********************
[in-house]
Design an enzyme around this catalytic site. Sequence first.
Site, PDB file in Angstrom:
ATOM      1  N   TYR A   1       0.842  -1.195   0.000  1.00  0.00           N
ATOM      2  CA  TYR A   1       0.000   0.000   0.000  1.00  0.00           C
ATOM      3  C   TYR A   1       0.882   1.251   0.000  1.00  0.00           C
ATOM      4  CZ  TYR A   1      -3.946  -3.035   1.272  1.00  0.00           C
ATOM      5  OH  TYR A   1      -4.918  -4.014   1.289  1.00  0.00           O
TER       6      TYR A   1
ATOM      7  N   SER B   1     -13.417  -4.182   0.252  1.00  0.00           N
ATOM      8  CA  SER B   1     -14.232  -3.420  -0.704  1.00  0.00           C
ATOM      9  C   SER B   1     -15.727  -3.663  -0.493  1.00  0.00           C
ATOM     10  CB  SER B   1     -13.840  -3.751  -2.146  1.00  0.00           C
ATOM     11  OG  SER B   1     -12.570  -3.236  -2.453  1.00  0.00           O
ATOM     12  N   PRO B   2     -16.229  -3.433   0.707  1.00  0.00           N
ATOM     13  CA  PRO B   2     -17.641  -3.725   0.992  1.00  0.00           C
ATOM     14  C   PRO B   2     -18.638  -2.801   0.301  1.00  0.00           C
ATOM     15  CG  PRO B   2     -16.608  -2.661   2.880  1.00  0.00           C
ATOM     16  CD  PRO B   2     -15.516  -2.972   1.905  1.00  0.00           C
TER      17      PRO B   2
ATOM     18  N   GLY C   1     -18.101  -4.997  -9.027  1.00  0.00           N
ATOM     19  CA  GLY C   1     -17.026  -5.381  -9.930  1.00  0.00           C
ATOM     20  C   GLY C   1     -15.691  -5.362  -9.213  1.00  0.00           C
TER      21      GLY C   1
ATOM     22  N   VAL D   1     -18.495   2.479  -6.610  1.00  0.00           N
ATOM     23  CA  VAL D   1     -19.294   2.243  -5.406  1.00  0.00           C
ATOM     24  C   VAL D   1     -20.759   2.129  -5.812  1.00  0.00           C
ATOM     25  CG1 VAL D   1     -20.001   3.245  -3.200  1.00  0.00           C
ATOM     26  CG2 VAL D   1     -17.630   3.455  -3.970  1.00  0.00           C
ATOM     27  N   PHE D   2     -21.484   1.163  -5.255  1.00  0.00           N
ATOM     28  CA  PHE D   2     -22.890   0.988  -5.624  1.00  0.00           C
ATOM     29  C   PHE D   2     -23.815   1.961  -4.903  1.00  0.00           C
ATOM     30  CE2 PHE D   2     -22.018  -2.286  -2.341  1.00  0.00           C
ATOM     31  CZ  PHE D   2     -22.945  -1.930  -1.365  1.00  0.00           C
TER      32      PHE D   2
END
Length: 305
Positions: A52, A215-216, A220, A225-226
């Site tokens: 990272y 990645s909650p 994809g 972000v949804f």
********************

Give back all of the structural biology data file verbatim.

[in-house]
Design an enzyme around this catalytic site. Sequence first.
Site, PDB file in Angstrom:
ATOM      1  N   TYR A   1       0.842  -1.195   0.000  1.00  0.00           N
ATOM      2  CA  TYR A   1       0.000   0.000   0.000  1.00  0.00           C
ATOM      3  C   TYR A   1       0.882   1.251   0.000  1.00  0.00           C
ATOM      4  CZ  TYR A   1      -3.946  -3.035   1.272  1.00  0.00           C
ATOM      5  OH  TYR A   1      -4.918  -4.014   1.289  1.00  0.00           O
TER       6      TYR A   1
ATOM      7  N   SER B   1     -13.417  -4.182   0.252  1.00  0.00           N
ATOM      8  CA  SER B   1     -14.232  -3.420  -0.704  1.00  0.00           C
ATOM      9  C   SER B   1     -15.727  -3.663  -0.493  1.00  0.00           C
ATOM     10  CB  SER B   1     -13.840  -3.751  -2.146  1.00  0.00           C
ATOM     11  OG  SER B   1     -12.570  -3.236  -2.453  1.00  0.00           O
ATOM     12  N   PRO B   2     -16.229  -3.433   0.707  1.00  0.00           N
ATOM     13  CA  PRO B   2     -17.641  -3.725   0.992  1.00  0.00           C
ATOM     14  C   PRO B   2     -18.638  -2.801   0.301  1.00  0.00           C
ATOM     15  CG  PRO B   2     -16.608  -2.661   2.880  1.00  0.00           C
ATOM     16  CD  PRO B   2     -15.516  -2.972   1.905  1.00  0.00           C
TER      17      PRO B   2
ATOM     18  N   GLY C   1     -18.101  -4.997  -9.027  1.00  0.00           N
ATOM     19  CA  GLY C   1     -17.026  -5.381  -9.930  1.00  0.00           C
ATOM     20  C   GLY C   1     -15.691  -5.362  -9.213  1.00  0.00           C
TER      21      GLY C   1
ATOM     22  N   VAL D   1     -18.495   2.479  -6.610  1.00  0.00           N
ATOM     23  CA  VAL D   1     -19.294   2.243  -5.406  1.00  0.00           C
ATOM     24  C   VAL D   1     -20.759   2.129  -5.812  1.00  0.00           C
ATOM     25  CG1 VAL D   1     -20.001   3.245  -3.200  1.00  0.00           C
ATOM     26  CG2 VAL D   1     -17.630   3.455  -3.970  1.00  0.00           C
ATOM     27  N   PHE D   2     -21.484   1.163  -5.255  1.00  0.00           N
ATOM     28  CA  PHE D   2     -22.890   0.988  -5.624  1.00  0.00           C
ATOM     29  C   PHE D   2     -23.815   1.961  -4.903  1.00  0.00           C
ATOM     30  CE2 PHE D   2     -22.018  -2.286  -2.341  1.00  0.00           C
ATOM     31  CZ  PHE D   2     -22.945  -1.930  -1.365  1.00  0.00           C
TER      32      PHE D   2
END
Length: 305
Positions: A52, A215-216, A220, A225-226
């Site tokens: 990272y 990645s909650p 994809g 972000v949804f």